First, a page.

What does “modern quilting” mean to Jacquie Gering?

This is Jacquie Gering’s answer to the question, “What does modern quilting mean to me?”  Read more about our modern quilting blog meme here.

It’s been an interesting week, reading the responses of my fellow planning committee members and those of you who are responding on your own blogs and in the comments, and each day thinking more about this question.

I am a mid century modern girl.  I squeal at the sight of an Eames chair; I had to be dragged out of the modern architecture exhibit at MoMA; and I could live in IKEA if they would let me. Two years ago when I rescued my sewing machine from the depths of the closet, it was natural for me to want to make quilts with a modern feel.  It took me awhile to figure out how to accomplish that in a quilt, in fact, I’m still in the discovery phase.  For me, modern quilting is about a ‘look’ and a process.

What I have discovered as of today is that for me, modern quilts have clean, simple lines, be they geometric or organic.  I find simple to be beautiful and deceptively complex. Modern quilts are visually dynamic with color, form or both.  That modern quilt ‘look’ can be accomplished through fabric choices and other times through block and quilt design.  When modern fabric and design come together…well….I get a little giddy.

While the ‘look’ of modern quilts excites me, modern quilting is more than the ‘look’ of a quilt.  I began quilting after seeing the Gees Bend quilt exhibit and the words of the quilters struck a chord with me. I felt joy being surrounded by quilts that expressed freedom in design, whimsy, unpredictability and at the same time utility. I love quilts that are offbeat, but it’s the opportunity to create and think out of the box in terms of design and construction that gets me up in the morning.

While I usually work improvisationally, some of my modern quilt buddies use patterns or do a combination of patterns and improvisation.  What we seem to have in common is we feel free to trust our inner visions and we express those visions in our work.  I strive to innovate, find new construction techniques as well as innovative designs that scratch my modern itch yet maintain a connection to tradition.  It’s a process of experimenting, learning, revising, and trying again.

I never thought I would be part of a movement.  I am excited to have the Modern Quilt Guild as a place to connect with quilters with a modern aesthetic and as a stepping stone to grow the movement.  I’m thrilled to be a part of it.

10 thoughts on “What does “modern quilting” mean to Jacquie Gering?

  1. We are indeed bosom buddies in terms of that mid-century modern feel.

    I’ve never really thought of a “look” for quilts. I need to ruminate on that thought for a while. Personally I like not having a style, so I hear look and think the same thing. And thank-you for acknowledging the connection to tradition. That is something, I fear, gets lost in discussions about modern quilting.

  2. What you said about innovative designs with a connection to tradition is exactly what I am striving for. In so doing, I’m stretching my fabric stash (although it already impacts four rooms in our house…) by adding more white and more solids. And I’m trying to work more improvisationally, while still being inspired by traditional quilt blocks and construction techniques.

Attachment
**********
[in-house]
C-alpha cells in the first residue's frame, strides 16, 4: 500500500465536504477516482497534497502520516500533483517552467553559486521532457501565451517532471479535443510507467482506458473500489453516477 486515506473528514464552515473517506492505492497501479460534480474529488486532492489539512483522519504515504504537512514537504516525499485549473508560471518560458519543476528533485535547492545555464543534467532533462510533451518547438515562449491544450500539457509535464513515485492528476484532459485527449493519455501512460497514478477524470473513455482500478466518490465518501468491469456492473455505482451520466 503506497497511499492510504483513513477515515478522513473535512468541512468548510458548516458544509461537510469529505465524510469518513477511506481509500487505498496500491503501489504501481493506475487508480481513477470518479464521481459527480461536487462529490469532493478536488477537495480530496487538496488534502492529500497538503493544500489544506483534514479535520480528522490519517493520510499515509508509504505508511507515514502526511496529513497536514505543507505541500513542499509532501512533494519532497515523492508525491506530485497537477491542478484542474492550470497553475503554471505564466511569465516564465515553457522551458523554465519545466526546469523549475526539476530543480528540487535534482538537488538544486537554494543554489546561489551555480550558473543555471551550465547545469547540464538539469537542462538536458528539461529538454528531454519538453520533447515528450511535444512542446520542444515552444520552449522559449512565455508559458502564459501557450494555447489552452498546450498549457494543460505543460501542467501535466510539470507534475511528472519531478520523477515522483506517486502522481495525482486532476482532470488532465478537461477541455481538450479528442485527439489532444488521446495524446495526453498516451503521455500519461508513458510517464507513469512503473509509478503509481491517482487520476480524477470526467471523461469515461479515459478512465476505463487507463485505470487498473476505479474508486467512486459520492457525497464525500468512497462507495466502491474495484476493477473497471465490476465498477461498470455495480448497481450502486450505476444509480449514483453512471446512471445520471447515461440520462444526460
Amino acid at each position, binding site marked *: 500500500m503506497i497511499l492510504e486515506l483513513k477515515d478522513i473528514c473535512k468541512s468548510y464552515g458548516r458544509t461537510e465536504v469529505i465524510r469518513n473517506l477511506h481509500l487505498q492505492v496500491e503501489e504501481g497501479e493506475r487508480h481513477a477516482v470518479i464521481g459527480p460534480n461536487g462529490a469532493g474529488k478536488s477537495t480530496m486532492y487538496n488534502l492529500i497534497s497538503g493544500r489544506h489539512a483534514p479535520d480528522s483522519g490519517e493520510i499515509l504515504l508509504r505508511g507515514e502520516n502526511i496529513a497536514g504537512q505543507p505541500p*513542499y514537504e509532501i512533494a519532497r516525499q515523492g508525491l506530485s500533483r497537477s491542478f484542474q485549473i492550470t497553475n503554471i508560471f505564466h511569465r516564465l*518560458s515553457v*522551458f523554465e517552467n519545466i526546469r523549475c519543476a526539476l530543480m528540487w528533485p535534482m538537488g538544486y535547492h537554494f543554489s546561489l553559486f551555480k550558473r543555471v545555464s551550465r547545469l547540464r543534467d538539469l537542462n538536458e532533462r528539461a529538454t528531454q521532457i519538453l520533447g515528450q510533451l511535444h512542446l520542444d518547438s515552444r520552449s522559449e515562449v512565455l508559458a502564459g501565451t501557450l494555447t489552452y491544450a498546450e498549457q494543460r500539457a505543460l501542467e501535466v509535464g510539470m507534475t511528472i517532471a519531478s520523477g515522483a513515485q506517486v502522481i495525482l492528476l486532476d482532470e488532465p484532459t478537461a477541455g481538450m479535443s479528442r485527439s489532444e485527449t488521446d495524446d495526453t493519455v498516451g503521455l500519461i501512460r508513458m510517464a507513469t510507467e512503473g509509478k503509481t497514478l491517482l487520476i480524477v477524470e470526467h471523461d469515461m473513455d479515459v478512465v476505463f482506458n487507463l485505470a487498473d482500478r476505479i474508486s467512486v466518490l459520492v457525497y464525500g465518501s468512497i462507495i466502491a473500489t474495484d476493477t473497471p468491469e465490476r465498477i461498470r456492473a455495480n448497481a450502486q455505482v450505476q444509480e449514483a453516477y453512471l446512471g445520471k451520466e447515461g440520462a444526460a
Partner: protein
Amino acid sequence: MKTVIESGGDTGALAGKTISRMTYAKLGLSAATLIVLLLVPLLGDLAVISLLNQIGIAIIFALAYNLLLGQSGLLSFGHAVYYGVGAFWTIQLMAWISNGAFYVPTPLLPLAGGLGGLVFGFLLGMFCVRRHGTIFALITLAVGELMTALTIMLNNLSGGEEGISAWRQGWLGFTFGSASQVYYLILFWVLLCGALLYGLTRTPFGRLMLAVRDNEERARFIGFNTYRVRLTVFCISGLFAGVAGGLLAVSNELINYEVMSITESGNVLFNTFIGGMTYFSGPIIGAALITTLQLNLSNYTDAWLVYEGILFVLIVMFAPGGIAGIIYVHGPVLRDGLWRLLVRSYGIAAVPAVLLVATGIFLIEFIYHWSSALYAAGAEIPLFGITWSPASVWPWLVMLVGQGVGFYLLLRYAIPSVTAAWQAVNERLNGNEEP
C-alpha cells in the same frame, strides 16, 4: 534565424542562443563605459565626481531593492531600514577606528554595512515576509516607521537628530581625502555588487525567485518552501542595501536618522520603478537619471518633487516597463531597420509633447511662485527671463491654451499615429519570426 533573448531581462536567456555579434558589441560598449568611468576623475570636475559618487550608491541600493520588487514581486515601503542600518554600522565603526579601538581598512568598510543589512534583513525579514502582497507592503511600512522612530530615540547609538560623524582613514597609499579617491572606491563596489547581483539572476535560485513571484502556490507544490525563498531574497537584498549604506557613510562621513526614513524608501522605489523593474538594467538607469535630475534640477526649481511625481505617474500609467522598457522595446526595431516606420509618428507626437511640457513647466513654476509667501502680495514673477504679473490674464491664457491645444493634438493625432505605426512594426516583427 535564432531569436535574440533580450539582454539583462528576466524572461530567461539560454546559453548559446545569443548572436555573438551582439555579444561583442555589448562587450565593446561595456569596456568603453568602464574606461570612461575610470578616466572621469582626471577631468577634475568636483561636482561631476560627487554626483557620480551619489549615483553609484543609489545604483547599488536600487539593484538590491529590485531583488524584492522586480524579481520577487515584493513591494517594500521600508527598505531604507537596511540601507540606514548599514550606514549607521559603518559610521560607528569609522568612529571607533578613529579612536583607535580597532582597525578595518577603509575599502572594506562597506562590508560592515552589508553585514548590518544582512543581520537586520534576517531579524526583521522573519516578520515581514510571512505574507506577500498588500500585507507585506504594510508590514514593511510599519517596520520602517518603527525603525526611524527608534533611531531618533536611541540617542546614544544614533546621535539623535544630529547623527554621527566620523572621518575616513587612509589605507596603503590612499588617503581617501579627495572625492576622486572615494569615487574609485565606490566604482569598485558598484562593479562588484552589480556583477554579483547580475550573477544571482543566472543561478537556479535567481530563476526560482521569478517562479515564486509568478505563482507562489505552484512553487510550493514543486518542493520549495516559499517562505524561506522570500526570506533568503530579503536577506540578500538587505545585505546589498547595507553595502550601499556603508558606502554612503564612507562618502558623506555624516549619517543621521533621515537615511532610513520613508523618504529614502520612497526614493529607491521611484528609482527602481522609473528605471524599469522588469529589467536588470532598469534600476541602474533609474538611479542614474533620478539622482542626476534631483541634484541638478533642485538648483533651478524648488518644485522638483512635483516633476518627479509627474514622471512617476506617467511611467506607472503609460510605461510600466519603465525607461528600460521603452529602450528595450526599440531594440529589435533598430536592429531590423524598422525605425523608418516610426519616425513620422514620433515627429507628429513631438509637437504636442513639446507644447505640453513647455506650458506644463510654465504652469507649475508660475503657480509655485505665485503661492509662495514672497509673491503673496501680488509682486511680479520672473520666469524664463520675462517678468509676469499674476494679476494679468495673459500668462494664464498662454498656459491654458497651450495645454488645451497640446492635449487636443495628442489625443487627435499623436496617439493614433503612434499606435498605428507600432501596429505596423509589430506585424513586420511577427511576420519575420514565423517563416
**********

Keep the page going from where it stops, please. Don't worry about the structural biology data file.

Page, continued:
And mid-century modern? The “blond” wood I grew up with and despised at the time? Well, now if only I could afford to fill my home with the clean lines and beauty of Heywood Wakefield furniture and couple of those Eames chairs….and my modern/traditional quilts.

  3. Thanks to you Jacquie – this is a ‘freedom’ in quilting that I am embracing – though some may not appreciate it just yet (eg: when I emailed Mum a photo of my recent completed front flimsy, she asked if there would be more blocks 😉
    But I’ve enjoyed working on this top so far and enjoy the element of ‘make it up as you go’ in piecing
    I just hope the back turns out as good
    Thanks for the inspiriation Jacquie, (and advice) and thank you all for expanding the boundaries.

  4. Jacquie, I enjoyed reading this and seeing your beautiful quilts. I don’t know if what I do really fits in the modern quilting category but I enjoy improvising, using scraps, and making up my own designs. I really love the modern look that so many of your quilts embody.

  5. Jacquie: I have been an antique/vintage textile dealer for years, and a few years ago took another look at the beautiful textiles I was selling and thought, what if I approached the whole idea of antique/vintage quilts from another point of view? Not simply bed covers for obvious use, not simply a time specific decorating item, but instead as artwork, utilitarian as it is at times, which is really an added bonus. Modern color palettes and designs yet infused with that special ingredient that only antique/vintage textiles can offer: old fabrics, colorways and designs. The resurgence of antique/vintage textiles in modern decorating is a refreshing change from years of “it must be authentic 1920’s or it will not match the rest of my decor” to appreciating the textile for it’s inherent beauty. Please take a look at the website and let me know what you think.

  6. Are your patterns available for sale or do you have a book for sell. I love the traditional quilts which I’ve always made but now I’m leaning heavily toward the modern designs. If I have a pattern I can make anything but I simply can’t design. Can you help me.

  7. I,m looking forward to your upcomming program and workshop at our guild meeting in august. thanks so much.

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